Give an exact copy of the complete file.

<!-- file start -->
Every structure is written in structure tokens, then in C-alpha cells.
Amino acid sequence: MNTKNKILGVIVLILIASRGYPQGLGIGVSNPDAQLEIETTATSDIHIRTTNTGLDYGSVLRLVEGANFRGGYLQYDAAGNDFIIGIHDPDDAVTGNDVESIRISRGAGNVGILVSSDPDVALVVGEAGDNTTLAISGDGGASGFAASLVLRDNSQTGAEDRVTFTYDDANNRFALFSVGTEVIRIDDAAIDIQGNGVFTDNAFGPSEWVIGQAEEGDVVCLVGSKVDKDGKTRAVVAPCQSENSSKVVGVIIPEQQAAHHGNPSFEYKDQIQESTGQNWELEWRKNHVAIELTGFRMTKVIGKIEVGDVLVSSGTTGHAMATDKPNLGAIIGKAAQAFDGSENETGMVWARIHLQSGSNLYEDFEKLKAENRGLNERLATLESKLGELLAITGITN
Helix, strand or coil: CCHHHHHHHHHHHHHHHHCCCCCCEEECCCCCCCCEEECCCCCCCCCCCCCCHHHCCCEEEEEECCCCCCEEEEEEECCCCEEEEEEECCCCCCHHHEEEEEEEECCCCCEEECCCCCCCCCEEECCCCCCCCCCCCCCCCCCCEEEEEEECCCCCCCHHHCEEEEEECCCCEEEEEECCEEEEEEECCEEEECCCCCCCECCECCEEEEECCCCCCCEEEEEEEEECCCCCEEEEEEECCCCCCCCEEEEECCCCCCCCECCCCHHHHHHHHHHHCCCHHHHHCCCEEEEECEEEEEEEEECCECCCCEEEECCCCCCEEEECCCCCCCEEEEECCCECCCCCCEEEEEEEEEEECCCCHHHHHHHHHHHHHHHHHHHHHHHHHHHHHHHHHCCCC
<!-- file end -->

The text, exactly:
Every structure is written in structure tokens, then in C-alpha cells.
Amino acid sequence: MNTKNKILGVIVLILIASRGYPQGLGIGVSNPDAQLEIETTATSDIHIRTTNTGLDYGSVLRLVEGANFRGGYLQYDAAGNDFIIGIHDPDDAVTGNDVESIRISRGAGNVGILVSSDPDVALVVGEAGDNTTLAISGDGGASGFAASLVLRDNSQTGAEDRVTFTYDDANNRFALFSVGTEVIRIDDAAIDIQGNGVFTDNAFGPSEWVIGQAEEGDVVCLVGSKVDKDGKTRAVVAPCQSENSSKVVGVIIPEQQAAHHGNPSFEYKDQIQESTGQNWELEWRKNHVAIELTGFRMTKVIGKIEVGDVLVSSGTTGHAMATDKPNLGAIIGKAAQAFDGSENETGMVWARIHLQSGSNLYEDFEKLKAENRGLNERLATLESKLGELLAITGITN
Helix, strand or coil: CCHHHHHHHHHHHHHHHHCCCCCCEEECCCCCCCCEEECCCCCCCCCCCCCCHHHCCCEEEEEECCCCCCEEEEEEECCCCEEEEEEECCCCCCHHHEEEEEEEECCCCCEEECCCCCCCCCEEECCCCCCCCCCCCCCCCCCCEEEEEEECCCCCCCHHHCEEEEEECCCCEEEEEECCEEEEEEECCEEEECCCCCCCECCECCEEEEECCCCCCCEEEEEEEEECCCCCEEEEEEECCCCCCCCEEEEECCCCCCCCECCCCHHHHHHHHHHHCCCHHHHHCCCEEEEECEEEEEEEEECCECCCCEEEECCCCCCEEEECCCCCCCEEEEECCCECCCCCCEEEEEEEEEEECCCCHHHHHHHHHHHHHHHHHHHHHHHHHHHHHHHHHCCCC